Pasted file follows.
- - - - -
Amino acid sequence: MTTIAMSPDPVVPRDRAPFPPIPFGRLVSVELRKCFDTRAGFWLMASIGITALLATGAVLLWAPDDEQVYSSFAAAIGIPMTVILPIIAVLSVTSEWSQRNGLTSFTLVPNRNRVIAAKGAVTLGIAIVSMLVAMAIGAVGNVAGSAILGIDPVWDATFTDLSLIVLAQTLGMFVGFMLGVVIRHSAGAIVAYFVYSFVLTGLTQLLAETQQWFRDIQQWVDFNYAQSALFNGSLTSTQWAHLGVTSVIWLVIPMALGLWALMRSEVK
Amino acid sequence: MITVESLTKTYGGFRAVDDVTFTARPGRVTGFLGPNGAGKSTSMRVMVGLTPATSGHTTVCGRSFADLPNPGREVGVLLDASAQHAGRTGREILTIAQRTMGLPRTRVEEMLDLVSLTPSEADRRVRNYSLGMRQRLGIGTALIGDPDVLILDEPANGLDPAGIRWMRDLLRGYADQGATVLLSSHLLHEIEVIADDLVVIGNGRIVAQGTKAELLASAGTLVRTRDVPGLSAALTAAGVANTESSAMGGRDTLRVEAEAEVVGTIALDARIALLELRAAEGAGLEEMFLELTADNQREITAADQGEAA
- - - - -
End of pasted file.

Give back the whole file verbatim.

Amino acid sequence: MTTIAMSPDPVVPRDRAPFPPIPFGRLVSVELRKCFDTRAGFWLMASIGITALLATGAVLLWAPDDEQVYSSFAAAIGIPMTVILPIIAVLSVTSEWSQRNGLTSFTLVPNRNRVIAAKGAVTLGIAIVSMLVAMAIGAVGNVAGSAILGIDPVWDATFTDLSLIVLAQTLGMFVGFMLGVVIRHSAGAIVAYFVYSFVLTGLTQLLAETQQWFRDIQQWVDFNYAQSALFNGSLTSTQWAHLGVTSVIWLVIPMALGLWALMRSEVK
Amino acid sequence: MITVESLTKTYGGFRAVDDVTFTARPGRVTGFLGPNGAGKSTSMRVMVGLTPATSGHTTVCGRSFADLPNPGREVGVLLDASAQHAGRTGREILTIAQRTMGLPRTRVEEMLDLVSLTPSEADRRVRNYSLGMRQRLGIGTALIGDPDVLILDEPANGLDPAGIRWMRDLLRGYADQGATVLLSSHLLHEIEVIADDLVVIGNGRIVAQGTKAELLASAGTLVRTRDVPGLSAALTAAGVANTESSAMGGRDTLRVEAEAEVVGTIALDARIALLELRAAEGAGLEEMFLELTADNQREITAADQGEAA